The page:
Missed opportunity: After the Mets coughed up the lead in the top of the eighth, they had an opportunity to take it right back in the bottom of the inning. But Cespedes did not run hard out of the box on his one-out double, which saw Kemp leap at the wall in an unsuccessful catch attempt. The Braves loaded the bases on intentional walks, before pinch-hitter Kevin Plawecki struck out on five pitches -- four of them outside the strike zone -- to end the threat.
Return of Recker: Recker caught Colon in 17 games with the Mets from 2014-15. He got in the batter's box against Colon for the first time in a game on Wednesday night and sparked Atlanta with a two-run home run. Recker stopped between second base and third on his home run trot, because he looked up and saw Markakis stop at third, thinking it was a ground-rule double.
"He scared me," Recker said.
"Guys were flying over the [dugout] railing. It just erupted. I don't think you could have had a bigger eruption if we won the World Series." -- Snitker, on Inciarte's catch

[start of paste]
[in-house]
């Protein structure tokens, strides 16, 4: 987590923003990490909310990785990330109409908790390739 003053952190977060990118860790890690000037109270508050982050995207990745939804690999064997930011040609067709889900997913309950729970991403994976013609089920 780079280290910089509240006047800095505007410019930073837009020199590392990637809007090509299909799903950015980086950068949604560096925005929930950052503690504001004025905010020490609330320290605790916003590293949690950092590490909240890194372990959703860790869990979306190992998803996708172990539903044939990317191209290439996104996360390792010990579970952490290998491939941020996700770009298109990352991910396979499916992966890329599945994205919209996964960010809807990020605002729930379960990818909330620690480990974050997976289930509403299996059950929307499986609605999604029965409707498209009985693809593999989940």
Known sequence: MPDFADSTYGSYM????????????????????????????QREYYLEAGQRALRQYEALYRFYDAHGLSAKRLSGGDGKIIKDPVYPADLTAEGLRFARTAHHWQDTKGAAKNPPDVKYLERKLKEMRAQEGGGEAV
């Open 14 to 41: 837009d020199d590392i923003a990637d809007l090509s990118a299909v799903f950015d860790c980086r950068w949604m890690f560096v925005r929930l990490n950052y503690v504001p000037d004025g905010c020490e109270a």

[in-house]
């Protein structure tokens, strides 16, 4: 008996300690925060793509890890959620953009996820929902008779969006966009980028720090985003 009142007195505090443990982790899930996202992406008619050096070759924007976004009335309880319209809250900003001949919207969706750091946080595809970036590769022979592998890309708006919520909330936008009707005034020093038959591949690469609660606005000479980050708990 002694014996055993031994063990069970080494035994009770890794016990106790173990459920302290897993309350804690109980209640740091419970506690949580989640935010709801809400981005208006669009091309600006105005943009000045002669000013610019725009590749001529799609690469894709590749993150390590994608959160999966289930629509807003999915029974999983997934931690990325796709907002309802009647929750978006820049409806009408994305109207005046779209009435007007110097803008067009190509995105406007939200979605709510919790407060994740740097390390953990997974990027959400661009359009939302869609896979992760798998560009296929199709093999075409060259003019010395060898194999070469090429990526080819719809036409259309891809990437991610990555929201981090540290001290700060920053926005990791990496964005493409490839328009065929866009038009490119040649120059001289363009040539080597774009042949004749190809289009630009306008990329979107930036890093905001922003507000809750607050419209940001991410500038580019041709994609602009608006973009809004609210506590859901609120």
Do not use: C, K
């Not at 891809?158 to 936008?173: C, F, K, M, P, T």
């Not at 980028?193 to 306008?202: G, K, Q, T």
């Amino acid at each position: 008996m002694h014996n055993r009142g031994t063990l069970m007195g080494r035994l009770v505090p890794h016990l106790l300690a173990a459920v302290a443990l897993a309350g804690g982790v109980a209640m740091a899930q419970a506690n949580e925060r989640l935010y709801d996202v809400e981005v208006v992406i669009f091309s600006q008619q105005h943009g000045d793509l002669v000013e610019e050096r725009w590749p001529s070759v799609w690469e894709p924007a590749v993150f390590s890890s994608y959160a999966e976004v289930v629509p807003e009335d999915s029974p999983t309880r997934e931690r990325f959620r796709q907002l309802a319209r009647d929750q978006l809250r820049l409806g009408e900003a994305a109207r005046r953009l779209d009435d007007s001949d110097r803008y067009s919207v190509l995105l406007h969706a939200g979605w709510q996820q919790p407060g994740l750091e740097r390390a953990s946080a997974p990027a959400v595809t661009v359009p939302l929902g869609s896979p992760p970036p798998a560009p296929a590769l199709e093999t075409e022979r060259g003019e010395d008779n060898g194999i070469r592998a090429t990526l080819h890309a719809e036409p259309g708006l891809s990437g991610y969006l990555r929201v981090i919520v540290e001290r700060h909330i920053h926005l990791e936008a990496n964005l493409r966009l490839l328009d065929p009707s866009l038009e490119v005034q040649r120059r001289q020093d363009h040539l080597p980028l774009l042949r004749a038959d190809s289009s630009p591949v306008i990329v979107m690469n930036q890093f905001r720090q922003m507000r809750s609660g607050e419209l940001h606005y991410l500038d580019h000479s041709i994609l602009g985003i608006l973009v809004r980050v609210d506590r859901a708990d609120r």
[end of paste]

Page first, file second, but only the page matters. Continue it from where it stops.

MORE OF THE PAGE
"He said something like, 'See what you did? Now I have to leave the game.'" -- Swanson, explaining what Mets pitcher Bartolo Colon told him after Swanson's single led to Colon's departure in the seventh inning
SOUND SMART WITH YOUR FRIENDS
Cabrera's home run gave him 21 on the season, including 20 as a shortstop -- good for sole possession of the franchise record he briefly shared with José Reyes. Alex Rodriguez holds the MLB record with 57 homers as a shortstop in 2002, one of six seasons in which he hit more than 40 while manning the position.
Braves: The Braves move on to Miami, where they'll play their final four road games of the season. Right-hander Josh Collmenter (2-0, 4.61 ERA), who beat the Nationals in his Braves debut, starts Thursday night's 7:10 ET series opener at Marlins Park. Right-hander José Ureña (4-7, 5.59 ERA) starts for the Marlins.
Mets: The Mets won't be sorry to say farewell to the Braves, who made life difficult for them all summer. They've had more success against the Phillies, who will travel to Citi Field for a four-game series starting Thursday. Mets right-hander Seth Lugo (4-2, 2.35 ERA) will look to continue his rookie success opposite lefty Adam Morgan (2-10, 5.57 ERA) in the 7:10 p.m. ET opener.